Twice in the last couple of years I have needed a probe to diagnose problems with a non-isolated power supply that connected directly with the 125VAC mains voltage here in the USA. I have been able to work around it by using less than satisfying methods. My cheap oscilloscope (a Rigol DS1102E) is good enough for most of my purposes, but the math function to subtract Channel 1 from Channel 2 really sucks. And even though it is a cheap scope, I'd rather not have to buy a new (more expensive) scope because I connected the scope ground incorrectly.
Needing a tool on a yearly basis hardly qualifies as necessary, but I had some down time waiting for components and PCBs for another project and began to consider this as an interesting project.
I'd been following Paul Versteeg's progress to make a differential probe on his blog. I recommend that you read it -- he covers most of the basics and has some good references of other approaches to make this kind of probe. There are also several persons within Hackaday that have completed projects successfully, or are still ongoing.
My expectation for success is rather low. I don't have the necessary expertise to be confident that there will be a finite amount of revisions prior to meeting my initial goals. But that never stopped me before.
- Input impedance: 20MegΩ// 3pF.
- Differential Gain = 1/10 V/V. Any lower than this and the DS1102E could not resolve a 1V signal with any clarity. (Many of the cheaper differential probes are switchable between 50X and 500X attenuation. This would be good if the signals in which you are interested are very large, but that's not the case so far with my needs. The better probes ($400 and up) provide 10X/100X attenuation.
- Common Mode Range > ±340V (240VAC produces a sine wave 679V peak-peak)
- Differential Voltage Range > ±20V
- Bandwidth > 100MHz (Dependent upon signal amplitude) This will be a stretch for my current skill set.
- Noise: TBD (Wider bandwidth = more noise)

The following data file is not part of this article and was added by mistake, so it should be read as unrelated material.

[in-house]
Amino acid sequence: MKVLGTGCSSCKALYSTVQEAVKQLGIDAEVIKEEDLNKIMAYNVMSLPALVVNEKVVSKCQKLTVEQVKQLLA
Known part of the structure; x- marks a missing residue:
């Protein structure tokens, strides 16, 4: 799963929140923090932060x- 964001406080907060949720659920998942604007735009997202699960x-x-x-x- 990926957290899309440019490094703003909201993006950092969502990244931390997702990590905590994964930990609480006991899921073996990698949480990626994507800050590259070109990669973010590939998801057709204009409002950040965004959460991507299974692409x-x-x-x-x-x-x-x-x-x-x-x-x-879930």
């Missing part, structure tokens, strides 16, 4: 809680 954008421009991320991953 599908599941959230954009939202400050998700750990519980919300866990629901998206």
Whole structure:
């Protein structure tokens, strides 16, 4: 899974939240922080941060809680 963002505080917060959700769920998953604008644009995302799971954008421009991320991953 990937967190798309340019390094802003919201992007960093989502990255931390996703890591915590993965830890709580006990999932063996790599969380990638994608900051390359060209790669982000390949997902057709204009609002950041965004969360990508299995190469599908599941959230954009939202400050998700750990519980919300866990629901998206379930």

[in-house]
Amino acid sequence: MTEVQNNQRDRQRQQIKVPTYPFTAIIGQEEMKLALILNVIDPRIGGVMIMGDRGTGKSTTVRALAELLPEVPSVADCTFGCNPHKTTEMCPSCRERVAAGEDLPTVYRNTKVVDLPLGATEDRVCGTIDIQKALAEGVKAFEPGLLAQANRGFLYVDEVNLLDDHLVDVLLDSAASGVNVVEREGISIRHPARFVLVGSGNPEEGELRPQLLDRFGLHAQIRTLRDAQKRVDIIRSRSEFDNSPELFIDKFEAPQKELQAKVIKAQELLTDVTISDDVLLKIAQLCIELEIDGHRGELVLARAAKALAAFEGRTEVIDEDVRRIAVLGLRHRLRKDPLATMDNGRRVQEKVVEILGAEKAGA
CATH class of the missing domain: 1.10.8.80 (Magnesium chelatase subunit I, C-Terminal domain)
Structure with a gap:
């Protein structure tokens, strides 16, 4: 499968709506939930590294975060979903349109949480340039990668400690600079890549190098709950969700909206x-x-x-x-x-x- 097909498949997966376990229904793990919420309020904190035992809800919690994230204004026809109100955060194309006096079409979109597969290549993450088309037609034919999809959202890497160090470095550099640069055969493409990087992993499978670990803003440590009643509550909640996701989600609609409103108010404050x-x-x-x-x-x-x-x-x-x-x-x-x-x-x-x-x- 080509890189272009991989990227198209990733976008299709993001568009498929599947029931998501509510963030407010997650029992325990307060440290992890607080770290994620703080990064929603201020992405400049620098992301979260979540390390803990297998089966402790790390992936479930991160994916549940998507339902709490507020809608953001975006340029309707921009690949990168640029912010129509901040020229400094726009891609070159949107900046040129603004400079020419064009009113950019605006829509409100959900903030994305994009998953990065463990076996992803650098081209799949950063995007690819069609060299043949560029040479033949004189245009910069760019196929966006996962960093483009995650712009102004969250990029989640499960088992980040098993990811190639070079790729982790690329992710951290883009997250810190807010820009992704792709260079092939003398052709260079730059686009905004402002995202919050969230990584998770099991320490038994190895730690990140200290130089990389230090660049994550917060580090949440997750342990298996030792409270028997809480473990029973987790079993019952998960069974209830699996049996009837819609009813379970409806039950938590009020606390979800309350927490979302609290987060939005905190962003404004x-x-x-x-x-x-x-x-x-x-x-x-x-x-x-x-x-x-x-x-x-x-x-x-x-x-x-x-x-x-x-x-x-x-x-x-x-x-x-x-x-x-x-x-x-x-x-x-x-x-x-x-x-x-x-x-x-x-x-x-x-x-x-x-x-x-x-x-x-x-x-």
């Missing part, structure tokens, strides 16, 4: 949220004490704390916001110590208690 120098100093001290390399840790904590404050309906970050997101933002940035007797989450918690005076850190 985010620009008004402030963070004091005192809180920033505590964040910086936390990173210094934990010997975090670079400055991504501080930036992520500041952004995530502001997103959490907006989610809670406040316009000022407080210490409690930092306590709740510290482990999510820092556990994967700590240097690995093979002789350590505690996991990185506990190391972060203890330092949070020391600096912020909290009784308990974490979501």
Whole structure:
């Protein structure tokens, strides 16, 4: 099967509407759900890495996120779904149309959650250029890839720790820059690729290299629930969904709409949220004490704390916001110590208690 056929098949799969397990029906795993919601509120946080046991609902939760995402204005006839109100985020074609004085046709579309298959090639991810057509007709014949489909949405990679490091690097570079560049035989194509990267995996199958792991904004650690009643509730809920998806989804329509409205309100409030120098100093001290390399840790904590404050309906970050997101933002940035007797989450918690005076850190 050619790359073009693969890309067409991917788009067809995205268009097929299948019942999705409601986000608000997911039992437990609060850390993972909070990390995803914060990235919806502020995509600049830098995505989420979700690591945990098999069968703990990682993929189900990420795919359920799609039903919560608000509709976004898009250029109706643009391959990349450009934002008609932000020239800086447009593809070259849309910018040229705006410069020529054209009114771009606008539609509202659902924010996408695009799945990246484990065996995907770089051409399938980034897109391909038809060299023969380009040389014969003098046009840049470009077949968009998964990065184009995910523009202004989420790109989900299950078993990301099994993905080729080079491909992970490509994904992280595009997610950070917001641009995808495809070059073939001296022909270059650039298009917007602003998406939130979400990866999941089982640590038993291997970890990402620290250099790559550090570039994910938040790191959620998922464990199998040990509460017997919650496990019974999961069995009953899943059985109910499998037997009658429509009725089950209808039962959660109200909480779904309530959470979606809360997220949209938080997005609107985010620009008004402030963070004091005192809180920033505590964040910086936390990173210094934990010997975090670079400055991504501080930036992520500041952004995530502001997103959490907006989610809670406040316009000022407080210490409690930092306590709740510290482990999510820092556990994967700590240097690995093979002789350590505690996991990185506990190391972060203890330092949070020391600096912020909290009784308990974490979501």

The input attenuator is 200X. It is very similar to what Paul Versteeg implemented. The series R and C network is necessary to avoid exceeding the voltage rating on any of the components when subjected to high voltages. The resistors attenuate the low frequencies and the capacitors attenuate the higher frequencies. Both networks require a trim to reduce common mode rejection at low frequency, and gain and common mode rejection at high frequencies. 1 percent tolerance components help to keep the trim ranges small. Spark gaps, SG1 and SG2, and clamp diodes, D1 and D2, limit damage from ESD or inadvertently exceeding input voltage specifications.
The first gain stage has a differential gain of 20 and a common mode gain equal to unity. This stage recovers some of the attenuation that was necessary to provide a relatively large common mode range. These amplifiers need a gain-bandwidth (GBW) greater than 2GHz in order to meet the 100MHz system bandwidth requirement.
The second stage is a unity-gain differential to single-ended converter. Its GBW should be around 200MHz. R9 matches the 50Ω impedance of the expected coax cable to the scope, even though the scope input is 1MegΩ//15pF. My cheap scope doesn't have a 50Ω input.
The circuit that occupies the bottom develops the power supplies. The input power requirement is 5V/50mA. I expect that it will be provided by a simple 5VDC wall adapter. Ferrite beads and capacitors should clean it up nicely. U3 splits the ±supply rails to generate a GND rail at 2.25V above VEE. I set the GND rail lower because the LTC6269-10 and LTC6268 opamps have a common mode input limit of VCC-0.5V, so the lower GND should allow for symmetric clipping of the input.
It's a good start, but the PCB layout is probably more important in obtaining the performance goals and that part of the design is just beginning. I'll fill in the blanks as I go.
Initial Simulation Results:
Here's the LTspice...Read more »